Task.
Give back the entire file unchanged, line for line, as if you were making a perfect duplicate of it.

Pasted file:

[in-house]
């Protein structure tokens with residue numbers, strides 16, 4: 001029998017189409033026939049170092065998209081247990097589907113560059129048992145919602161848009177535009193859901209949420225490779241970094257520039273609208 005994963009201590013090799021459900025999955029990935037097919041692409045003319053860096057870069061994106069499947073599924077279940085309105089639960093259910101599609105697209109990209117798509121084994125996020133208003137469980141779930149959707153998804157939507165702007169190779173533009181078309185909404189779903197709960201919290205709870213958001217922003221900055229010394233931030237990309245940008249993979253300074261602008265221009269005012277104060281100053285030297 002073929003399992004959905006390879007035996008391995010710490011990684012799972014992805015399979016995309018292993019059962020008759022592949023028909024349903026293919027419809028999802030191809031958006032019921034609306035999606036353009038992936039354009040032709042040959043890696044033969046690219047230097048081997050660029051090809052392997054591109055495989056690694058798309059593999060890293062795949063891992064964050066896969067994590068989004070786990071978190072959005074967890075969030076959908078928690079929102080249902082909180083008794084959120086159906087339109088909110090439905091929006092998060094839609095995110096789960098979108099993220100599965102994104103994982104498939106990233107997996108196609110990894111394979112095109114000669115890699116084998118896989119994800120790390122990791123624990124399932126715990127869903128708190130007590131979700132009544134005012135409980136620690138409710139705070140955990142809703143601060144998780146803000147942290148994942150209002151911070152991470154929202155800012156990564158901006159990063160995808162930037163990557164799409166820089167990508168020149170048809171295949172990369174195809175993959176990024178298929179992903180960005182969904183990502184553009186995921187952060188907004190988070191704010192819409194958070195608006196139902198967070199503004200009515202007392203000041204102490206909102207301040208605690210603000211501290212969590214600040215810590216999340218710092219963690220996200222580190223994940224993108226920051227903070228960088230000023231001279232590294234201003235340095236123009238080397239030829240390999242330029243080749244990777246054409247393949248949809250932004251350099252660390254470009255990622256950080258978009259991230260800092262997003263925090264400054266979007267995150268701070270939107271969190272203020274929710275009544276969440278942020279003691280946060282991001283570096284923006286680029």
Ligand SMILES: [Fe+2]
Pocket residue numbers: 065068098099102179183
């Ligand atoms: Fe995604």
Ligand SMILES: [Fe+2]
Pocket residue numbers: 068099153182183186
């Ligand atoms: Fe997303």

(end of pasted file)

[in-house]
């Protein structure tokens with residue numbers, strides 16, 4: 001029998017189409033026939049170092065998209081247990097589907113560059129048992145919602161848009177535009193859901209949420225490779241970094257520039273609208 005994963009201590013090799021459900025999955029990935037097919041692409045003319053860096057870069061994106069499947073599924077279940085309105089639960093259910101599609105697209109990209117798509121084994125996020133208003137469980141779930149959707153998804157939507165702007169190779173533009181078309185909404189779903197709960201919290205709870213958001217922003221900055229010394233931030237990309245940008249993979253300074261602008265221009269005012277104060281100053285030297 002073929003399992004959905006390879007035996008391995010710490011990684012799972014992805015399979016995309018292993019059962020008759022592949023028909024349903026293919027419809028999802030191809031958006032019921034609306035999606036353009038992936039354009040032709042040959043890696044033969046690219047230097048081997050660029051090809052392997054591109055495989056690694058798309059593999060890293062795949063891992064964050066896969067994590068989004070786990071978190072959005074967890075969030076959908078928690079929102080249902082909180083008794084959120086159906087339109088909110090439905091929006092998060094839609095995110096789960098979108099993220100599965102994104103994982104498939106990233107997996108196609110990894111394979112095109114000669115890699116084998118896989119994800120790390122990791123624990124399932126715990127869903128708190130007590131979700132009544134005012135409980136620690138409710139705070140955990142809703143601060144998780146803000147942290148994942150209002151911070152991470154929202155800012156990564158901006159990063160995808162930037163990557164799409166820089167990508168020149170048809171295949172990369174195809175993959176990024178298929179992903180960005182969904183990502184553009186995921187952060188907004190988070191704010192819409194958070195608006196139902198967070199503004200009515202007392203000041204102490206909102207301040208605690210603000211501290212969590214600040215810590216999340218710092219963690220996200222580190223994940224993108226920051227903070228960088230000023231001279232590294234201003235340095236123009238080397239030829240390999242330029243080749244990777246054409247393949248949809250932004251350099252660390254470009255990622256950080258978009259991230260800092262997003263925090264400054266979007267995150268701070270939107271969190272203020274929710275009544276969440278942020279003691280946060282991001283570096284923006286680029």
Ligand SMILES: [Fe+2]
Pocket residue numbers: 065068098099102179183
């Ligand atoms: Fe995604």
Ligand SMILES: [Fe+2]
Pocket residue numbers: 068099153182183186
């Ligand atoms: Fe997303």